A federal appeals court ruled late Thursday that Texas' abortion restrictions could immediately go into effect, overruling a Monday order from a lower court that found parts of the law unconstitutional. The decision may close the doors of one-third of Texas abortion clinics, many which will likely be unable to meet the requirement of hospital admitting privileges. Of course, that was the point of the law. "Today's decision affirms our right to protect both the unborn and the health of the women of Texas," said Governor Perry in a statement responding to the ruling. "We will continue doing everything we can to protect a culture of life in our state."
Last night, however, as Rachel noted on the show, the success in the courts was short lived. As my MSNBC colleague Irin Carmon reported overnight:
The ruling from the 5th Circuit Court of Appeals dealt in part with the question of "undue burdens," which the Supreme Court has said states cannot impose on women intending to terminate pregnancies. In this case, according to the appeals court, requiring women to travel several hundred miles -- each way -- to a health clinic is not, practically speaking, an "undue burden."
In light of the ruling, Texas's new measure, which included a ban on abortions after the 20th week of pregnancy and regulations intended to close most of the state's women's health clinics, will go into effect immediately. Appointments women had scheduled for this morning have been canceled.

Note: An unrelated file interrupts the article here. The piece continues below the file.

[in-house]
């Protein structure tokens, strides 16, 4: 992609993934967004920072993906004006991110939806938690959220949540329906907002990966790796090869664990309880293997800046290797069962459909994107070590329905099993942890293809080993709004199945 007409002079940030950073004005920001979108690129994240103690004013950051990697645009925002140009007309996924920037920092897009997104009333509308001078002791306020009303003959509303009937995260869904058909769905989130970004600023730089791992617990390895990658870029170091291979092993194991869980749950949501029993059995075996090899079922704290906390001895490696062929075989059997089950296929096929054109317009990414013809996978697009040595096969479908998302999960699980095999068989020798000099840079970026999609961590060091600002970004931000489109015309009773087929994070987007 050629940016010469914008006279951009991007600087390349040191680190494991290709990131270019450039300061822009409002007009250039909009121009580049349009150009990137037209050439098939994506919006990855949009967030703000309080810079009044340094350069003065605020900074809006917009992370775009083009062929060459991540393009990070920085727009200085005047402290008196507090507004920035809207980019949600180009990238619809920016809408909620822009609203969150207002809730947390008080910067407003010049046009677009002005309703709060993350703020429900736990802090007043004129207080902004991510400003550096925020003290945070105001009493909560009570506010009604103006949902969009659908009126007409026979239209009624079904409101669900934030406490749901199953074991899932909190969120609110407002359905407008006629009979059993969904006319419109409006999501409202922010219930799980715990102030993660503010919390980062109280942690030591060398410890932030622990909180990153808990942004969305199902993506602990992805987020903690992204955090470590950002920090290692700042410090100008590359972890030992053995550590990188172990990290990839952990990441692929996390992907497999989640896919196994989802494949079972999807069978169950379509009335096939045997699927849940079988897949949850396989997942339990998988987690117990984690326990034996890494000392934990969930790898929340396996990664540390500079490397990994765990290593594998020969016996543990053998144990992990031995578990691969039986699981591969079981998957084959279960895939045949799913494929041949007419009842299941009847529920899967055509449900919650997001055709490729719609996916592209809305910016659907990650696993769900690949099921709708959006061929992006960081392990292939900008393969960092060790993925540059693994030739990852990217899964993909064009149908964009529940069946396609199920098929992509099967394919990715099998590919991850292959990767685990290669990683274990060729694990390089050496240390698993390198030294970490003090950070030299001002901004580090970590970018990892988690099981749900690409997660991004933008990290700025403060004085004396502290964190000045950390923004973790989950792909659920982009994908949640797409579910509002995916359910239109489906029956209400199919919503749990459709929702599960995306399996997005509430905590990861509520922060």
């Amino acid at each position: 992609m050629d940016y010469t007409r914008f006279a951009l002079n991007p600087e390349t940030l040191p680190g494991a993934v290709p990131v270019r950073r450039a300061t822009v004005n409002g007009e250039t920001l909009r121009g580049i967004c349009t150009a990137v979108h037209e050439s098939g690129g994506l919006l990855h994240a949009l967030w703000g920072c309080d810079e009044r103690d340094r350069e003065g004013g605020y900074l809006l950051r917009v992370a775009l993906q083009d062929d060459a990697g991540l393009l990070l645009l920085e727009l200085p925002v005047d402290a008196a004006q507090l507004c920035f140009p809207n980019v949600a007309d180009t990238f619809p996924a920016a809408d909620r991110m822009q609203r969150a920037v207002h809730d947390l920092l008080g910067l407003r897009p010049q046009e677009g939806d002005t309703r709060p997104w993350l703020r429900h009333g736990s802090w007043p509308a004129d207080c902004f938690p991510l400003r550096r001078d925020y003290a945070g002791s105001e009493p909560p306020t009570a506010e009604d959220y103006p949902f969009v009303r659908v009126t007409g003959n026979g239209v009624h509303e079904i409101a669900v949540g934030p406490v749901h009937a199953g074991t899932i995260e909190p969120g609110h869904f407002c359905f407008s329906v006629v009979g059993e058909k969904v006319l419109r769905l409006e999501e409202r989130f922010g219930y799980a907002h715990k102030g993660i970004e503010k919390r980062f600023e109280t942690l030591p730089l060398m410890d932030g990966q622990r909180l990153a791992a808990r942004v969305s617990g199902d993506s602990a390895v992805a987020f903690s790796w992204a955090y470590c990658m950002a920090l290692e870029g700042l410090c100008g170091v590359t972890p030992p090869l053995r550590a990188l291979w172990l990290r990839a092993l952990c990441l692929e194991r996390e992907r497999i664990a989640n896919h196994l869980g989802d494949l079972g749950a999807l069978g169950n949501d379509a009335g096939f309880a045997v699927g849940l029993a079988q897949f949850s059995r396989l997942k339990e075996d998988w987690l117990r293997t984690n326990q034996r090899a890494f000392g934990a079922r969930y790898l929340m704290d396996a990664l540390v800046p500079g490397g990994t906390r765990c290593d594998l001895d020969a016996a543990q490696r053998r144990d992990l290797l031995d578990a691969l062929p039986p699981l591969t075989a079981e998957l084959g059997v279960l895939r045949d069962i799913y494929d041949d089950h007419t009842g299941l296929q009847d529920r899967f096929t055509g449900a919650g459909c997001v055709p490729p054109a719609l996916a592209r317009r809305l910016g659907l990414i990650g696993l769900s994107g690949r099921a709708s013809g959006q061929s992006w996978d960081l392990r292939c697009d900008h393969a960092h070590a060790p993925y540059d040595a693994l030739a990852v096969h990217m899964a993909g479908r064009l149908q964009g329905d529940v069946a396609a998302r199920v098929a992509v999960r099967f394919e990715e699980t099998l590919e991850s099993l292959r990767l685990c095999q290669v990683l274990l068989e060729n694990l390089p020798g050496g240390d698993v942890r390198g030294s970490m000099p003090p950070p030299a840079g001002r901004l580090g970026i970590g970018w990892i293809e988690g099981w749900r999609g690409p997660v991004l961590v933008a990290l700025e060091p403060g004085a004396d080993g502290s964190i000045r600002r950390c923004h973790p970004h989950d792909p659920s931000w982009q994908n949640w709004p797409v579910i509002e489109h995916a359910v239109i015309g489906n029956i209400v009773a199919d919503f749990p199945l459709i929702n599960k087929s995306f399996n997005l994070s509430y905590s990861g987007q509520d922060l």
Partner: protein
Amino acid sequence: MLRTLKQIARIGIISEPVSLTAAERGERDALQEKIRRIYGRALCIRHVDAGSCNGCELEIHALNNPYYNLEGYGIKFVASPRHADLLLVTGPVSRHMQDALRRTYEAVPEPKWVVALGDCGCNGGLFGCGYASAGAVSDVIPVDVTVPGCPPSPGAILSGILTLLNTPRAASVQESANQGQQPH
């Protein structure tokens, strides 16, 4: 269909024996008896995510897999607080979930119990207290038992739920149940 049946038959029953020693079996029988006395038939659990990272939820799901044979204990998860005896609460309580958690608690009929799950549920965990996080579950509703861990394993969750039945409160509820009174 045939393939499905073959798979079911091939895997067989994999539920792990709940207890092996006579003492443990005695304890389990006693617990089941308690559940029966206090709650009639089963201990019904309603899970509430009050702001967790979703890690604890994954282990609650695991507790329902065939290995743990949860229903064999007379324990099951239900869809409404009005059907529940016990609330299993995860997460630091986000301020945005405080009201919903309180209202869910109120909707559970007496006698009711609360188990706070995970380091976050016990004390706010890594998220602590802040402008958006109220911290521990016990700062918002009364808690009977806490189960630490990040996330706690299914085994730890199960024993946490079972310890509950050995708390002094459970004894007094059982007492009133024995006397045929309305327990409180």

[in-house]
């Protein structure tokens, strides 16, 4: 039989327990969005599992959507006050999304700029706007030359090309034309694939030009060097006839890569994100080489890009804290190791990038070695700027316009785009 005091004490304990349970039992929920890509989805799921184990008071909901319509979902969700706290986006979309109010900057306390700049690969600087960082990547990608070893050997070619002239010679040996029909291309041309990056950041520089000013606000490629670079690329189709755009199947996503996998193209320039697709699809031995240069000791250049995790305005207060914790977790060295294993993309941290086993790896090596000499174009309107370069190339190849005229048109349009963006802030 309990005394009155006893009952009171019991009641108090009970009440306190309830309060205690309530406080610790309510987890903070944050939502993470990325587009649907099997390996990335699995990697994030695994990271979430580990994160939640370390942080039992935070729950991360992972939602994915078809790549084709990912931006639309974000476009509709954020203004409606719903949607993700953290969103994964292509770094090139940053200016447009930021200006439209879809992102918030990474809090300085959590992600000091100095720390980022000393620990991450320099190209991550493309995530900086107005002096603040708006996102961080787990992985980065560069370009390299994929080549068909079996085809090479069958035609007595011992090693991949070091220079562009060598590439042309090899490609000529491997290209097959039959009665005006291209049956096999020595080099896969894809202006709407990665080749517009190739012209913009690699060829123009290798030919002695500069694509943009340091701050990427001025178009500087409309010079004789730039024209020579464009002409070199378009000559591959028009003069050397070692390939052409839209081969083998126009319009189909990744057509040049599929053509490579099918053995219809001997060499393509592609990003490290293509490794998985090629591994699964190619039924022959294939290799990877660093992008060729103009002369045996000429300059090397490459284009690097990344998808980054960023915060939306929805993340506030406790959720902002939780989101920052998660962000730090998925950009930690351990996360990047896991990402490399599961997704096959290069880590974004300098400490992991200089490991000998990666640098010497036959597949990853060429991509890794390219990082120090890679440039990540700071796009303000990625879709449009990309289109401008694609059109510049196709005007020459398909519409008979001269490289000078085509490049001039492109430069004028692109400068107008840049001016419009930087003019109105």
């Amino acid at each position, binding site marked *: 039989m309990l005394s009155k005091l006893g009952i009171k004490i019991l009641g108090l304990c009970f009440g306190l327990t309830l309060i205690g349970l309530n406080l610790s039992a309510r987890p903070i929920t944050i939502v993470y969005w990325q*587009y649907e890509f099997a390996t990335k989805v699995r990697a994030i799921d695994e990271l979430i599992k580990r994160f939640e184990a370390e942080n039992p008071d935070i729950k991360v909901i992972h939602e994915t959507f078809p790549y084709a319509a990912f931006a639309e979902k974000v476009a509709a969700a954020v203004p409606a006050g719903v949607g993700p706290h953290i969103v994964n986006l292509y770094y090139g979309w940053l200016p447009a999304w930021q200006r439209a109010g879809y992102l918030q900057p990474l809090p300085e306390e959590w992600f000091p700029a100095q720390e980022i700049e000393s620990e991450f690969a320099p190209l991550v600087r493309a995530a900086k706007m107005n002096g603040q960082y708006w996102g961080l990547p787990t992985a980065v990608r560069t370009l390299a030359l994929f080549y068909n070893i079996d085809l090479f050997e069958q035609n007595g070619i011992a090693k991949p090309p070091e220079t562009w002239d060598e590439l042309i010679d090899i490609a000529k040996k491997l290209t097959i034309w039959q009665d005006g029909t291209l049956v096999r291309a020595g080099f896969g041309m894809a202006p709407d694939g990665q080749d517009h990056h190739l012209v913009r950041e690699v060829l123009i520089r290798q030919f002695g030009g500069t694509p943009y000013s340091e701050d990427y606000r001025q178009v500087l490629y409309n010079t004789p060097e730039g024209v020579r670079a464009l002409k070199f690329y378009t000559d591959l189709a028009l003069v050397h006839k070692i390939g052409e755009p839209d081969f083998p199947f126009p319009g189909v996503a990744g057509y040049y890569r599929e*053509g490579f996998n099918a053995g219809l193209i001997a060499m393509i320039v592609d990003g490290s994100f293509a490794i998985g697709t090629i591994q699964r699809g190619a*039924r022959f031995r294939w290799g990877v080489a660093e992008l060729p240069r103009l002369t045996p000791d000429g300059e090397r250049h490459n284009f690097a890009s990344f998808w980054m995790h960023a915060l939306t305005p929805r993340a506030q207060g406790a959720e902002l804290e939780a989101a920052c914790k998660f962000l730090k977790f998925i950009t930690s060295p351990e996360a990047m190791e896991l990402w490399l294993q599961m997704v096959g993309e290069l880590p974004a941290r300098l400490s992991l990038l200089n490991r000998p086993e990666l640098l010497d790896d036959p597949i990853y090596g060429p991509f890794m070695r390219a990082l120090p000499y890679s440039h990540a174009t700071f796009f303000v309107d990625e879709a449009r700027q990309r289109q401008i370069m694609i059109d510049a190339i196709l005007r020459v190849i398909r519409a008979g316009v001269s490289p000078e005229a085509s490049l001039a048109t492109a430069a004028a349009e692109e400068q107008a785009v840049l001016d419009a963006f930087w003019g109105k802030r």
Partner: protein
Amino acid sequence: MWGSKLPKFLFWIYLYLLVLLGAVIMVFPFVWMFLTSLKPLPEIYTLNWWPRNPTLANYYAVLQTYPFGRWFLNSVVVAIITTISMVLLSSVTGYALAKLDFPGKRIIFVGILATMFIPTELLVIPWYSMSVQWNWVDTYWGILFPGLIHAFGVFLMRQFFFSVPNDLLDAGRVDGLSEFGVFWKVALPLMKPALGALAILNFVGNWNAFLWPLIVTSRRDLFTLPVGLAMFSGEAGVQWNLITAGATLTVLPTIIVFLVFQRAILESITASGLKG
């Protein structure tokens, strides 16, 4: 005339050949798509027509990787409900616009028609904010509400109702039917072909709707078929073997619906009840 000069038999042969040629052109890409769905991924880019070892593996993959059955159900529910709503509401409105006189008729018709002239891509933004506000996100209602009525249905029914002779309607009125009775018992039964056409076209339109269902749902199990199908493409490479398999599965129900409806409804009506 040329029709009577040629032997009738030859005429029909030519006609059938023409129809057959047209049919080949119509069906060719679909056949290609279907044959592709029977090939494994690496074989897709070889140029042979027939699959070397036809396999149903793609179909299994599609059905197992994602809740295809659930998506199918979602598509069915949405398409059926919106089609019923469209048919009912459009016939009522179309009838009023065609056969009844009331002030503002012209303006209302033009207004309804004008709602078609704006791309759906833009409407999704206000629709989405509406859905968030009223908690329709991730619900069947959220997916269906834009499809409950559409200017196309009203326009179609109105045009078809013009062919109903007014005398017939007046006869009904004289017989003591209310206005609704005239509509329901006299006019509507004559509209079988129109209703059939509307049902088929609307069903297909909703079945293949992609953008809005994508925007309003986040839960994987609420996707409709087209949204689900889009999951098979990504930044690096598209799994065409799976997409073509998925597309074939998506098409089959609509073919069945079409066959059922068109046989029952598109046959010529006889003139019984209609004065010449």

Let's also note that the 5th Circuit's ruling was written by Judge Priscilla Owen, a Bush/Cheney appointee confirmed by a Republican Senate in 2005. At the time, Owen, a fierce opponent of abortion rights, was temporarily blocked by Senate Democrats who considered her far too radical for a lifetime appointment to a federal appellate bench. The GOP majority retaliated by threatening to use a tactic they came up with called the "nuclear option" -- yep, eight years ago, this was a Republican idea, and it was going to be used to get Priscilla Owen onto the 5th Circuit. (It turned out to be unnecessary when a bipartisan agreement was reached and Owen was confirmed.)
At the time, Senate Democrats pointed out that Owen was characterized by then-Attorney General Alberto Gonzales as being guilty of "an unconscionable act of judicial activism" in a reproductive-rights case during their tenure together on the Texas Supreme Court.
The editorial board of the Houston Chronicle has described Owen as "less interested in impartially interpreting the law than in pushing an agenda." Owen's hometown Austin American-Statesman has described her as "so conservative that she places herself out of the broad mainstream of jurisprudence," adding that she "seems all too willing to bend the law to fit her views, rather than the reverse."
We're occasionally reminded that fights over judicial nominees matter. Last night offered a refresher for those who may have forgotten.
Update: The full ruling from the 5th Circuit is online here (pdf).